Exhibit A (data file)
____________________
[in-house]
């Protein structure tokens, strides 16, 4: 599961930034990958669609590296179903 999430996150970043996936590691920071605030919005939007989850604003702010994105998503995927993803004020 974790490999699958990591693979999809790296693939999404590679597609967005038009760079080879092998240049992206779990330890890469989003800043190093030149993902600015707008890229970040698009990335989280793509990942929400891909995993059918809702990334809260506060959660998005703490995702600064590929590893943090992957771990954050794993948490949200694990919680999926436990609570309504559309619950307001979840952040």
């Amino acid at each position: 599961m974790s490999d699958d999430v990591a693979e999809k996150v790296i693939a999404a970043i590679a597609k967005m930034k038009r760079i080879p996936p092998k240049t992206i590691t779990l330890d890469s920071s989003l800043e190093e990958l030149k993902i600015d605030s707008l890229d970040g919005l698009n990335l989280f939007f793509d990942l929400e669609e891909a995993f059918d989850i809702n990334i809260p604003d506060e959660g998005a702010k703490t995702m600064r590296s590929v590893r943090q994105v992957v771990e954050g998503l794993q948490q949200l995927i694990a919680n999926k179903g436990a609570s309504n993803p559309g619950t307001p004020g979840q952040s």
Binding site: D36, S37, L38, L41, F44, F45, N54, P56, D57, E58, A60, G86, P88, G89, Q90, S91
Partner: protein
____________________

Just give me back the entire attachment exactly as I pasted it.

[in-house]
């Protein structure tokens, strides 16, 4: 599961930034990958669609590296179903 999430996150970043996936590691920071605030919005939007989850604003702010994105998503995927993803004020 974790490999699958990591693979999809790296693939999404590679597609967005038009760079080879092998240049992206779990330890890469989003800043190093030149993902600015707008890229970040698009990335989280793509990942929400891909995993059918809702990334809260506060959660998005703490995702600064590929590893943090992957771990954050794993948490949200694990919680999926436990609570309504559309619950307001979840952040």
């Amino acid at each position: 599961m974790s490999d699958d999430v990591a693979e999809k996150v790296i693939a999404a970043i590679a597609k967005m930034k038009r760079i080879p996936p092998k240049t992206i590691t779990l330890d890469s920071s989003l800043e190093e990958l030149k993902i600015d605030s707008l890229d970040g919005l698009n990335l989280f939007f793509d990942l929400e669609e891909a995993f059918d989850i809702n990334i809260p604003d506060e959660g998005a702010k703490t995702m600064r590296s590929v590893r943090q994105v992957v771990e954050g998503l794993q948490q949200l995927i694990a919680n999926k179903g436990a609570s309504n993803p559309g619950t307001p004020g979840q952040s």
Binding site: D36, S37, L38, L41, F44, F45, N54, P56, D57, E58, A60, G86, P88, G89, Q90, S91
Partner: protein